The Hawaiian Archipelago is one of the world’s most isolated island groupings and supports a multitude of ecosystems that vary in complexity, content, and structure. The diversity of native plant life can be attributed to millions of years of isolation from other land masses, a remarkable diversity of microclimates occurring within short distances of one another, and a scant number of original plant founders. These factors gave rise to some of the most unique examples of insular evolution in the world.

Today, it is estimated that 1,400 vascular plant taxa (including species, subspecies, and varieties) are native to the Hawaiian Islands, with nearly 90 percent of these found nowhere else in the world. Hawai‘i has the dubious distinction of being the “Endangered Species Capital of the World,” with 365 plant taxa (of which 7 are thought to be extinct) listed as Endangered or Threatened by the U.S. Fish and Wildlife Service and the Hawai‘i Department of Land and Natural Resources. There are currently 46 additional taxa that are Proposed as Endangered, and another 18 species are Candidates for listing. A further 248 taxa are unofficially tracked as “Species of Concern” and may eventually merit listing as Endangered or Threatened.

Taken together this means that nearly 700 vascular plant taxa are declining or considered to be of conservation concern, roughly half of the native flora. Situated in 193.5 acres of tropical rainforest, the Harold L. Lyon Arboretum-University of Hawai‘i at Manoa is a permanent ex situ repository for more than 5,000 living plant taxa, primarily from Hawai‘i, and sub-tropical and tropical areas of the world. The plant collections are diverse, and include living specimens that are common to extremely rare in their native habitat, as well as tropical ornamentals and economically important crop plants. The preservation of plant genetic resources is vital to the economic well-being of any state, and no where else is it more evident than in Hawai‘i where the number one industry is tourism.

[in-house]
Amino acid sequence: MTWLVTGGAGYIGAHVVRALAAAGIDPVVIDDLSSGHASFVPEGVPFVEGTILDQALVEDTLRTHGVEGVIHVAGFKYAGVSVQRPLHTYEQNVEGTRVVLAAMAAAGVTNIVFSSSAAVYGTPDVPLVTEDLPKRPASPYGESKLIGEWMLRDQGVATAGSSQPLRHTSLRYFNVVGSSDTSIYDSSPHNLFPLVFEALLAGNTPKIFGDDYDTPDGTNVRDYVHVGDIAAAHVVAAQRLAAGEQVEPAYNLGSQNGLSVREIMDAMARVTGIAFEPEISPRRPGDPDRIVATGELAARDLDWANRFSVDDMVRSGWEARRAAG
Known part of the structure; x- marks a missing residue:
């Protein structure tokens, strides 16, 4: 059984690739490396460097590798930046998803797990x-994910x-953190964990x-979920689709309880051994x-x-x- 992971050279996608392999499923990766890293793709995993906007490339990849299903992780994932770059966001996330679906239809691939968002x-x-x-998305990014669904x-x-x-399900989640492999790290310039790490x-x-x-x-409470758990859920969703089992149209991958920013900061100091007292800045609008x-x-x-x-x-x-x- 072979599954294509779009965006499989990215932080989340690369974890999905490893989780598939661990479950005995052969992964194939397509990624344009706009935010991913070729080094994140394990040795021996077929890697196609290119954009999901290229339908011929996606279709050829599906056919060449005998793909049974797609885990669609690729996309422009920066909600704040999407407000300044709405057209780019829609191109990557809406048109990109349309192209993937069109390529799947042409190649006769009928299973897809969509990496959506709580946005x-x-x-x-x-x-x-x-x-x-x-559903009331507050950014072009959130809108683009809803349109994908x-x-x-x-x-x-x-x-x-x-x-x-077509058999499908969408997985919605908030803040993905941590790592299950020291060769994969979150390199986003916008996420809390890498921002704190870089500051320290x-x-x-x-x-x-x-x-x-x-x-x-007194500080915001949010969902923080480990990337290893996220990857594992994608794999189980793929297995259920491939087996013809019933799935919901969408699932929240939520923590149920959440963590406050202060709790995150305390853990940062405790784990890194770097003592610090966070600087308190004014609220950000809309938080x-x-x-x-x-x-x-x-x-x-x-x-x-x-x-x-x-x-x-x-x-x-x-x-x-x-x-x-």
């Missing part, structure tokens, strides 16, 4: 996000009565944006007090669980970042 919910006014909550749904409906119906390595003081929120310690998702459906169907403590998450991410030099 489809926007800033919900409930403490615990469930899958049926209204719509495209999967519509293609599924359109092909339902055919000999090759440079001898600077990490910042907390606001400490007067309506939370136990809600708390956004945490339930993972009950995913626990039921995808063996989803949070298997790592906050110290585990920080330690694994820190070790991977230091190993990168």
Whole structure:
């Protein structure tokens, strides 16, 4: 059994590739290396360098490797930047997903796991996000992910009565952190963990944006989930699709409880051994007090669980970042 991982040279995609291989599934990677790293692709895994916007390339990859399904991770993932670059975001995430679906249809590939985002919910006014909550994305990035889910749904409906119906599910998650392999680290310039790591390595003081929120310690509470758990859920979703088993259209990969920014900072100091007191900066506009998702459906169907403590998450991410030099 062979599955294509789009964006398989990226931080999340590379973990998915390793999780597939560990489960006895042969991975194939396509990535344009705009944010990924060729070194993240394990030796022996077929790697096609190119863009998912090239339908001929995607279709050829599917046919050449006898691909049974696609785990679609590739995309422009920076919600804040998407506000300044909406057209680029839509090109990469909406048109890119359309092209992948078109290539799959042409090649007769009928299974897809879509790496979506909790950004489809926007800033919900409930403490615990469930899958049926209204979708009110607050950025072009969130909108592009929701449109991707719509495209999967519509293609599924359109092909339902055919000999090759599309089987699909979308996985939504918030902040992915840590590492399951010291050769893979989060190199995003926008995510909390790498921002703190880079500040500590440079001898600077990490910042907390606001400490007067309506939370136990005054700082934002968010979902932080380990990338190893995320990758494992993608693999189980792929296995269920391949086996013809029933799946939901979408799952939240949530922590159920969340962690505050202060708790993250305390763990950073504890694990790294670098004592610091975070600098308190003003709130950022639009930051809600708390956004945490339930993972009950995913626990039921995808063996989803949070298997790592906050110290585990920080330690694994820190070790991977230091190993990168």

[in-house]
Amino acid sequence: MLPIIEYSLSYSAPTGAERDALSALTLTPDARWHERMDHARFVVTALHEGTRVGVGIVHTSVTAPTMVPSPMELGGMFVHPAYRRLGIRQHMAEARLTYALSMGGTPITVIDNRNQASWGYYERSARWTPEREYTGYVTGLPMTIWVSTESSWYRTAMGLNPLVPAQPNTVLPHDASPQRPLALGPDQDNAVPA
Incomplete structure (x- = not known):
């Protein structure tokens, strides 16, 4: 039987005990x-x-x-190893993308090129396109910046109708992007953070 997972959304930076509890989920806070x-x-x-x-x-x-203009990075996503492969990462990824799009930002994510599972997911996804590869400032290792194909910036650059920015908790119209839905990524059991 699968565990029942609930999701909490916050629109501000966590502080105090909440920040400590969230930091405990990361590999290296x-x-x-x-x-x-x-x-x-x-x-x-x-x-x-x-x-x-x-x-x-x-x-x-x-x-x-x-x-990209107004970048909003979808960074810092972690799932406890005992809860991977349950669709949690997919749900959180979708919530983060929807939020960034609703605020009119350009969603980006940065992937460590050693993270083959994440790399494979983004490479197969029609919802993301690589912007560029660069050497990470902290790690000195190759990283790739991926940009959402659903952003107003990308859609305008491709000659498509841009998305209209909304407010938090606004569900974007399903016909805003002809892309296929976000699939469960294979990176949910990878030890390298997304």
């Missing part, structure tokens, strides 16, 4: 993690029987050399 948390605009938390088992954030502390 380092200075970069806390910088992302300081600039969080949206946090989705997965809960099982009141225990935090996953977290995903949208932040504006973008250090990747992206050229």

With over 7.6 million visitors and $12.8 billion of tourism generated income annually, it is imperative that the Hawaiian landscape remain aesthetic, appealing, and as natural as possible. Aside from beaches, the flora and fauna are the most visible elements of Hawai‘i’s ecosystems and provide the back drop for the multi-million dollar eco-tourism industry. Preservation of native plants, especially of wild populations, through plant re-introductions, may also have far reaching effects by protecting the balance and integrity of ecosystems. Plant conservation programs, such as those of the Lyon Arboretum, can mitigate the effects of soil erosion, flooding, and loss of wildlife habitat. Currently, the Hawaiian Islands are being subjected to a number of environmental pressures (e.g. alien pest species, pathogens, climatic changes, urban encroachment, and pollution) that are leading to rapid ecosystem degradation.

Common native species are becoming increasingly rare, leading to an urgent need for in situ management, field collections, and ex situ storage before local populations disappear or become so depauperate that they are unsustainable. Within the past decade, the Lyon Arboretum has become a major contributor to the development of plant conservation initiatives, especially in the fields of conservation biology, ethnobotany, and horticulture. The Lyon Arboretum Hawaiian Rare Plant Program, for example, aids in  fulfilling the Arboretum’s conservation mission through the development of a viable and comprehensive germplasm “bank,” consisting of critically at risk native Hawaiian plants and culturally significant crop plants, and by serving as a national model which provides information to its peers, researchers, and the conservation community.